So Jesus is saying, “forget for a moment about another lunch, or even the little bit with the missing boats and walking on water. Forget about comparing me to Moses. In me, in my presence, God is here. I am. I am the bread you need. The life you need.”
In fact, he tells them the only “work” they have to do for God is believe in the One God sent. Believe in me. Because I am.
And Jesus says that’s enough for them and for us.
If we can believe in him, trust he is sent by God, trust him when he says, “I am enough,” it will be, he says.
John tells us later that these signs – water into wine, multiplied bread and fish, walking on water, and more – are given us so we can believe “that Jesus is the Messiah, the Son of God, and that through believing, have life in his name.” John 20:31
The signs aren’t the point, they point to the real thing, so we can believe, and have life in his name. We don’t stand at sign posts on the road and wait for another, we go where they point.
Jesus says that he is what we need, that this relationship with the one, true God he is bringing to us and the world will be life for us, in spite of our needs and fears and struggles. He calls us to trust that when we come to him, believe in him, our hunger and our thirst will go away.
That sounds great. At some point, though, what difference does that really make? For the world’s problems? For our problems? Do we have enough to go on to not only believe in God-with-us but trust that will be enough?
In this place we have learned that we do.
I’ve been away from you for three months and have had time to think and ponder what it is God has made in this place. I had the privilege of spending some time with a long-time member on Friday where we talked about the same thing. This is a truth about this community of faith: here in this place we gather because we believe in the promise that the one true God, the Triune God who made us and saves us, will meet us here. And we will find life.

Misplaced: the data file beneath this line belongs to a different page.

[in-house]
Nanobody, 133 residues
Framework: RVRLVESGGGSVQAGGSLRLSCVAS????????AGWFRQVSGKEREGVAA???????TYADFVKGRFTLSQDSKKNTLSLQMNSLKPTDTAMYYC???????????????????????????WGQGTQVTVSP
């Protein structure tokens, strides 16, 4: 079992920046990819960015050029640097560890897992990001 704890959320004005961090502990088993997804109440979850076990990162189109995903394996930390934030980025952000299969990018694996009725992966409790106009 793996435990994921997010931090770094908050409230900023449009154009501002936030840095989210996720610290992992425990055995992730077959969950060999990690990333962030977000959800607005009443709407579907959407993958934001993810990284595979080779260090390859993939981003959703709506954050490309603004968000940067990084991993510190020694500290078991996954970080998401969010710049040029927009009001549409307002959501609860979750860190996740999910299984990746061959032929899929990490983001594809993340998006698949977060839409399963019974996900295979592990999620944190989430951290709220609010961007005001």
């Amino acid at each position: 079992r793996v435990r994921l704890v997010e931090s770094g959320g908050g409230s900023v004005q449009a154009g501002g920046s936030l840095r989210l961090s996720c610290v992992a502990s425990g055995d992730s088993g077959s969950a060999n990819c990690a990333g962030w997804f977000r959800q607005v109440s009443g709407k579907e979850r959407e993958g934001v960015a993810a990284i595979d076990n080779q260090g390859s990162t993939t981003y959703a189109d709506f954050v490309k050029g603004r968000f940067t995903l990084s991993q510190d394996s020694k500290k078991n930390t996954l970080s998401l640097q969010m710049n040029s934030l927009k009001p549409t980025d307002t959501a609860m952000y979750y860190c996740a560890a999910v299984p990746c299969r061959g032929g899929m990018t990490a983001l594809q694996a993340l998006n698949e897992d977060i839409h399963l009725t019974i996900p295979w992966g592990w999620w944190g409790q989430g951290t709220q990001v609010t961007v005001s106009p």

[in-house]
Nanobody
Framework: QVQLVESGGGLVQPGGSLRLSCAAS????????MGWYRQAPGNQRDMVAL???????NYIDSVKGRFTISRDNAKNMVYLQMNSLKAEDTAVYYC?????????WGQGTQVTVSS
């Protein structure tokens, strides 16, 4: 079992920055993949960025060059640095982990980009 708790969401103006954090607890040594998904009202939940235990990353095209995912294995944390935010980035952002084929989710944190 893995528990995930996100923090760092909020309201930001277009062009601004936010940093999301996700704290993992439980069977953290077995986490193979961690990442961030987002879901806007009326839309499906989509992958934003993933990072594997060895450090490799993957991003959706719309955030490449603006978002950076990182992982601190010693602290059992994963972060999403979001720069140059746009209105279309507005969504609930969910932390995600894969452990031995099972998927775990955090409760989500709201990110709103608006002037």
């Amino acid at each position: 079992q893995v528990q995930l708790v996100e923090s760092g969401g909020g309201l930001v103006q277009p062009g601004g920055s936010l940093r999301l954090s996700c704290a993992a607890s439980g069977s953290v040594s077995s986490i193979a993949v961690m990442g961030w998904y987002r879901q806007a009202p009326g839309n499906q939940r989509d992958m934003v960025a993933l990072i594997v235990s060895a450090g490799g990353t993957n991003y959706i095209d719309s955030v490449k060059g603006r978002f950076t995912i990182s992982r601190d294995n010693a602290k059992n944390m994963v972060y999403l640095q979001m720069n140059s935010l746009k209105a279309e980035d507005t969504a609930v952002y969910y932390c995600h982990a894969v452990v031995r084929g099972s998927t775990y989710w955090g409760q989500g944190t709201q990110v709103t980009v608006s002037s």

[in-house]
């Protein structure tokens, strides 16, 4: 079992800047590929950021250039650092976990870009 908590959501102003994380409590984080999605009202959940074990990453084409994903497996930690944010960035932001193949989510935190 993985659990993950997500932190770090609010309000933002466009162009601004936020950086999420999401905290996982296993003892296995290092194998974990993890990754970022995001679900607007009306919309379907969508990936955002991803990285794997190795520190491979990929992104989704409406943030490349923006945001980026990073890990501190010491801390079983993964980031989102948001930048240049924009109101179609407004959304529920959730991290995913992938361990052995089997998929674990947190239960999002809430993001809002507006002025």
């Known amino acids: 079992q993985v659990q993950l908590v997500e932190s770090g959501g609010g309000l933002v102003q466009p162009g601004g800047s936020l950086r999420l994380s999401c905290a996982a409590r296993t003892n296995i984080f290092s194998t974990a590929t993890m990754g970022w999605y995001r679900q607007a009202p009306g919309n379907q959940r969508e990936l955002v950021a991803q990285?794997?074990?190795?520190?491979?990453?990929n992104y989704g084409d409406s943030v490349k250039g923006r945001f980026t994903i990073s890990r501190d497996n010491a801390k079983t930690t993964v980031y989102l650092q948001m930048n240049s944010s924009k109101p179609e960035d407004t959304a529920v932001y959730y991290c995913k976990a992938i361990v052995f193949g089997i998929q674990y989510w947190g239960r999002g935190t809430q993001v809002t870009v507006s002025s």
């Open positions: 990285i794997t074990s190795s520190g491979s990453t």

We are comfortable with mystery here. We have lots of good theologians here, lots of faithful disciples who might not call themselves theologians (even if they are) but have come here for years to meet God. We have people who are seeking, questioning, we have people who come here and find a safe place, find peace. What joins us all is that in this place we don’t fret about getting all the answers.
We come here because we meet God here, in Word and song and prayer and silence and beauty, and we are filled with the forgiving love and grace of God. We have signs, too: bread and wine, water, the physical grace and presence of brothers and sisters who care for us and surround us as Christ by their lives.
And that’s enough to satisfy us.
We know we are called to do things, and here we find guidance. We know there are problems in the world and our lives, and here we find paths to answers, people who help, promises that God is working to make a difference.
But ultimately, we gather here comfortable with not knowing all, open to mystery, not needing answers because we know and expect God will be with us. And God is. And it’s enough.
In this place a great gift that is passed down is this invitation to trust, not complain.
Here we meet people who have walked this path enough to know that a relationship with the Triune God based on God’s undying love and transforming forgiveness, a life with God’s life flowing in us through the Spirit, is enough to handle any circumstances, enough to challenge any to deeper discipleship and work in the world, enough to calm anxiety and bring peace, even in the face of death.
At any given time some of us forget this, because life happens. We gather here because there is always someone in this place who will remind us that in the life Christ gives us we have food and drink enough to satisfy all our needs. There is always someone here who will help whichever of us is inevitably struggling like the crowds and the Israelites.
Jesus says it’s enough for us to believe in him, to come to him, and if we trust him, we’ll find our hunger satisfied, our thirst quenched.
So, Christ Jesus, we are here. Come to us now and fill us with your life. It will be enough.
In the name of Jesus. Amen